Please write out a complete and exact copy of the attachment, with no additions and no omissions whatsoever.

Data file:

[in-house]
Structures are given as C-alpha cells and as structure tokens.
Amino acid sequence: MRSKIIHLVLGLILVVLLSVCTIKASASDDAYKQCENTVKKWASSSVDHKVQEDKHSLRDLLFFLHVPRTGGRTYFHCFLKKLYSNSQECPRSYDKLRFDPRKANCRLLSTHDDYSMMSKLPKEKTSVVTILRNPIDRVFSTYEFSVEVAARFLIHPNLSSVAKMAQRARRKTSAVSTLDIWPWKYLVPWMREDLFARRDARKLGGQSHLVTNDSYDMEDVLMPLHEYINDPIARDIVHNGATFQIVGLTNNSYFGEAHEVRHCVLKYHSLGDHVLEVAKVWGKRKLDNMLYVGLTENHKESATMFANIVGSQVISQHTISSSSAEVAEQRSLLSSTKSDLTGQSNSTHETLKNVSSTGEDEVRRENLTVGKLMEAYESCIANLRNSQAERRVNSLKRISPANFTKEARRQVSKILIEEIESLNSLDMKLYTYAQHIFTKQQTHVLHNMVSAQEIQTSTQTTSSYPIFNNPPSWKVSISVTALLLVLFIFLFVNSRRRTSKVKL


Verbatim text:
[in-house]
Structures are given as C-alpha cells and as structure tokens.
Amino acid sequence: MRSKIIHLVLGLILVVLLSVCTIKASASDDAYKQCENTVKKWASSSVDHKVQEDKHSLRDLLFFLHVPRTGGRTYFHCFLKKLYSNSQECPRSYDKLRFDPRKANCRLLSTHDDYSMMSKLPKEKTSVVTILRNPIDRVFSTYEFSVEVAARFLIHPNLSSVAKMAQRARRKTSAVSTLDIWPWKYLVPWMREDLFARRDARKLGGQSHLVTNDSYDMEDVLMPLHEYINDPIARDIVHNGATFQIVGLTNNSYFGEAHEVRHCVLKYHSLGDHVLEVAKVWGKRKLDNMLYVGLTENHKESATMFANIVGSQVISQHTISSSSAEVAEQRSLLSSTKSDLTGQSNSTHETLKNVSSTGEDEVRRENLTVGKLMEAYESCIANLRNSQAERRVNSLKRISPANFTKEARRQVSKILIEEIESLNSLDMKLYTYAQHIFTKQQTHVLHNMVSAQEIQTSTQTTSSYPIFNNPPSWKVSISVTALLLVLFIFLFVNSRRRTSKVKL